These scanty garbs thrown by? And when, at length,
Their budding beauties, blooming cheeks, their limbs
Of graceful mould, and all their mental gifts
Are constellated in mature display; .
Then, does not Hope behold them act their parts
On hite's conspicuous stage with well-earned praise;. -
Good without boasting ; prosperous without pride ;
And greatly happy close the arduous scene,**

Where all that's mortal finds its destined goal?''P: 157 The other poems, viz. 'an Ode to the Genius of the Lakes,' and • Stanzas on the Death of Dr. Johnson,' possess liųle merit. 9

ART. 23.-Christ's Lamentation over Jerusalem. A Sextonian

Prize Poem. By Charles Peers, Esq. A. M. and F.S.A. 4to. 1$. 6d. Hatchard. 1805.

THIS exercise, upon the whole, is far from beiug discreditable to the author. If it display none of the high and original powers of genius, it exhibits at least a considerable degree of taste, a mind stored with some of the fairest images of sacred poetry, an ear tolerably well attuned to epic harmony, and a style of diction at times strongly tinctured with Miltonic energy and lorliness. We shall transcribe as a specimen the following lines,

i n Thou bast felt in turn
The scourge of the destroyer! where are now
· Thine ivory palaces anı golden gates,

Thine olive groves, and marble fountains ? where
Thine elder temple, that great archetype

Of wondrous masonry; her hangings rich
• In gorgeous colours dipped, and cedar beams

Hewn upon Libanus, o'erlaid with gold ;
Of Ophir, dazzling each beholder's eye ?
Where now her minstrels? Where the virgin train
That in full chorus chaunting hailed the dawn
Of peaceful sabbath or glad Jubilee?
No sound is heard her vaulted roof beneath,
Save of unhallowed trashc---the loud din
Of tumult-shouts of blasphemy and wrong,
Bursting discordant from the house of prayer.
The voice of melody hath ceased; no more
Or harp or tabret cheer thy festal pomps :
No more the smoke of grateful incense, flung
From golden censers, fill the courts of heaven :
No more in midnight vision, to the sense
Of priest or prophet come the Sons of God
To speak his bidding : clothed in sable stole,
The garb of, woe, her joyless elders sit;
And Sion's virgin daughters; they erewhile

So portly, they in costliest robes arrayed
Of Tyrian purple, and with braided hair
Dropping sweet odours, who for pride disdained
The ground they trod, weep silent and forlorn.?

ART. 24.-Maurice, the Rustic, and other Poems, by Henry Suma

mersett. 12mo. pp. 110. Longman. 1805. MR. H. Summersett is one of those many uneducated poets who have been induced to publish their literary efforts by contemplating the success of Chatterton and of Burns. He does not seem to consider, that these prodigies of genius did not meet with admiration merely because they were uneducated men, but on account of those productions which are exquisitely beautiful in themselves, which would have been admired as the works of any man under any circumstances of life, habits, and education, and which are viewed with increased wonder and astonishment from a consideration of the peculiar disadvantages through which they struggled into birth. The intrinsic merit of their poetry brought these poets into notice; but if the authors had never been known, their verses would have been admired; as we gaze with rapture on the beauties of the cans vass, though the name of the painter is uncertain or unknown. Mr. Summersett comes forwaril at the bar of the tribunal of public taste, and as he does not use vain boasting, nor challenge admiration with that air of self-sufficiency, which too often accompanies men in his situation, he disposes us to listen to his claiins with temper, and with a disposition to favour his pretensions. He informs us in his preface, that the 'golden advantages of science were not with in the reach of his attainment, and that many times and with painful mortification he has exclaimed-Had I been less ignorant, I must have been more happy.'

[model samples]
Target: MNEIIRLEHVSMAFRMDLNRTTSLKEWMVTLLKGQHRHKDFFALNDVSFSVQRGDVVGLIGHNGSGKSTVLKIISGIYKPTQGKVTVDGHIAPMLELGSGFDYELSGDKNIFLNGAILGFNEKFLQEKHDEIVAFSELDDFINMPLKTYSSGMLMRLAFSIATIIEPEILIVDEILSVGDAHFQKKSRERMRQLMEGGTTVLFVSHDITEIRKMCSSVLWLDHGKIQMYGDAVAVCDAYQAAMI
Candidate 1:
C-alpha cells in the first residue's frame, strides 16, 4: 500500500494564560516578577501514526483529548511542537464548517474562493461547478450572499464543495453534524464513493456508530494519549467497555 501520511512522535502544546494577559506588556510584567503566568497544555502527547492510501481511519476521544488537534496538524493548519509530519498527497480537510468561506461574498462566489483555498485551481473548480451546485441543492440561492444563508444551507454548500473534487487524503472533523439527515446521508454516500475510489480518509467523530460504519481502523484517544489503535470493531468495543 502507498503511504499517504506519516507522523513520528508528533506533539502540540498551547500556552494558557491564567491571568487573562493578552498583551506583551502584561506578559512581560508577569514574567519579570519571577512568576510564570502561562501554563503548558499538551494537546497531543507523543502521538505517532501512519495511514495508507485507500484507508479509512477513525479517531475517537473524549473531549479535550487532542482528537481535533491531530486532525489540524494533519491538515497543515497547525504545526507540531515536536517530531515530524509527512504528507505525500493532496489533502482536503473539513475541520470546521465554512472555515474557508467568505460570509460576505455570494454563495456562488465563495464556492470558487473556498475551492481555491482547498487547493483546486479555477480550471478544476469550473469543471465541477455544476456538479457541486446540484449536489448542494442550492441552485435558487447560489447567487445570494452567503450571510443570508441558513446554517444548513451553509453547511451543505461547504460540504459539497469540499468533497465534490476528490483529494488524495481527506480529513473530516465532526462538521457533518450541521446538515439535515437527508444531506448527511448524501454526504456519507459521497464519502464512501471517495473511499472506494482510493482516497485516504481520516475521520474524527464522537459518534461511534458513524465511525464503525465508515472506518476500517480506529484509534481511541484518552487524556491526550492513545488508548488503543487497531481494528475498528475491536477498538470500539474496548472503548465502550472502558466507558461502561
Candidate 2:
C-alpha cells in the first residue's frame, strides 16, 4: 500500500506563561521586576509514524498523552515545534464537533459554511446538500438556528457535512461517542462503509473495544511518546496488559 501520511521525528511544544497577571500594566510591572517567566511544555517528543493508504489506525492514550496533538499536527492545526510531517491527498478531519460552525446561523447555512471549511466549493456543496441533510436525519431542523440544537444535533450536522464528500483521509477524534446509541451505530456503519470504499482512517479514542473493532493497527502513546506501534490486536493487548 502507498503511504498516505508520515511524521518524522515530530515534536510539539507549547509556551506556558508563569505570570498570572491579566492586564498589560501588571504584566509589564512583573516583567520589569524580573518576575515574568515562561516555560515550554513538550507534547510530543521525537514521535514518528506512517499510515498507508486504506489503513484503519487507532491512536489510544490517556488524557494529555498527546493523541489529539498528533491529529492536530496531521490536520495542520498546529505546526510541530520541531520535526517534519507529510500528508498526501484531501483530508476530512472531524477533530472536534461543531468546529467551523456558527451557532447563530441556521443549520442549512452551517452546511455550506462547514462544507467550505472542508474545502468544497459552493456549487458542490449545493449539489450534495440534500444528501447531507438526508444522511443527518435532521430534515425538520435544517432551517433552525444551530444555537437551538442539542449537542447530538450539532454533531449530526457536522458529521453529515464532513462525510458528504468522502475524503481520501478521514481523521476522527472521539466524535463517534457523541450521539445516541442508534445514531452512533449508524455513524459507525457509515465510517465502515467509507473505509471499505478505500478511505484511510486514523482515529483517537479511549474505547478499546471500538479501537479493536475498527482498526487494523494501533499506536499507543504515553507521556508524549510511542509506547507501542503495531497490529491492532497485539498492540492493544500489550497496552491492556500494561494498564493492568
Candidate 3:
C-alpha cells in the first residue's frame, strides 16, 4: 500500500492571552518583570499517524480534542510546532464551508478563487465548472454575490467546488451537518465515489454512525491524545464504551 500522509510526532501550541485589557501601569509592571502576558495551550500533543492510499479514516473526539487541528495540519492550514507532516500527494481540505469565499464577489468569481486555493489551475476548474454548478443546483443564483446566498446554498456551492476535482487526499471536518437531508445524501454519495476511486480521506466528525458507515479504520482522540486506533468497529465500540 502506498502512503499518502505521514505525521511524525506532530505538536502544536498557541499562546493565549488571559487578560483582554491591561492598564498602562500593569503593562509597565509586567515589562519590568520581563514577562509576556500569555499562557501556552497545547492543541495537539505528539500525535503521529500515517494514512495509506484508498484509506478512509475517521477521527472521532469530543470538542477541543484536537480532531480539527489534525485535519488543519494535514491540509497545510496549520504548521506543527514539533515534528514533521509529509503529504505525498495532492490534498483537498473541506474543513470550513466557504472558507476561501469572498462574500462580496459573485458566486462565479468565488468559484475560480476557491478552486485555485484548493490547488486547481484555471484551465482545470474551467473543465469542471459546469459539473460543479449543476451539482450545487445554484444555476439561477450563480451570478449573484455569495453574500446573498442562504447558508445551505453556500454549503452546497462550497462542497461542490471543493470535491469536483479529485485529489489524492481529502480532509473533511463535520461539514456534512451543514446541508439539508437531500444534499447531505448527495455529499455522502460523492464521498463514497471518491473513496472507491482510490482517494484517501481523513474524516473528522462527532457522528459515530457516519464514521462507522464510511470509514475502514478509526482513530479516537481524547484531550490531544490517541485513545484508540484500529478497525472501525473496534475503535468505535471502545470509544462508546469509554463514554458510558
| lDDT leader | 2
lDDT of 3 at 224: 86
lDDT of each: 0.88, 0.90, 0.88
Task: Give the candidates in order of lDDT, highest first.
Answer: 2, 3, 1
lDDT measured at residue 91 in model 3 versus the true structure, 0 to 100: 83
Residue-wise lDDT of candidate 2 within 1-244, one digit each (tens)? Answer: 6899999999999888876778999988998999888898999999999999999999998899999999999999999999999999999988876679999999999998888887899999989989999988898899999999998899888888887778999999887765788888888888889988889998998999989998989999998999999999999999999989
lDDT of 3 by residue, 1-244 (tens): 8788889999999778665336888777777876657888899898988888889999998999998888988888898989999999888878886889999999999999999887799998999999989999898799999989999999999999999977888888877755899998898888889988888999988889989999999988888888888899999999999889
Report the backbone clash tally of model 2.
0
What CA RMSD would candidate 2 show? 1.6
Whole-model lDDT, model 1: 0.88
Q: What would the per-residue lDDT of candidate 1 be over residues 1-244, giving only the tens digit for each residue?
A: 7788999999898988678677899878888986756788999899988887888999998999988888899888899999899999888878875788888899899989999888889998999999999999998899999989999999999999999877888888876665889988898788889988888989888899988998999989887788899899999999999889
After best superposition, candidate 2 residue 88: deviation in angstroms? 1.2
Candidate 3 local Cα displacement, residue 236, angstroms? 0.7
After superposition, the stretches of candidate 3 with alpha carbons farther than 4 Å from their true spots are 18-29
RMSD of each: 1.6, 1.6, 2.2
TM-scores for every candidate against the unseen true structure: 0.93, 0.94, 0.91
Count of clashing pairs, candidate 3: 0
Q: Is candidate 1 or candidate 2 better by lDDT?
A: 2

I have written in haste; often in anxiety and adversity : I am still 100 proud to aim at exciting compassion by this declaration ; but it will perhaps serve as an excuse for some of my many imper. fections.” At such an address criticism is disarmed; her arrows fall from her hand, and her eye, which glittered with eagerness to aim, is sunfused with tears. Such language seems rather to intreat the advice of friendship, than to defy the scrutiny of criticisin, and we Shall therefore endeavour to answer the question, 'which our author acknoinderiges to have confused and alarmed him :' viz. Ought an obscure uneducatcd man to commente author.? An uneducated man cannot form an accurate idea of the pierits or defects of his own works. He inay exhibit proofs of genius which will be more than counterbalanced by ridiculous error oj gross ignorance: it is therefore his duty to refer to some learned friend for advice, whose prune ing hand may remove deformities, which might deface and spoil every excellence. If this friend should avvise him to venture before the public eye, it behoves biin to reflect on what he aims to attain : be aims at the reward of genius, which is, in general, empty praise. He hopes to meet with some wbu do not despise the ctfurts of uncul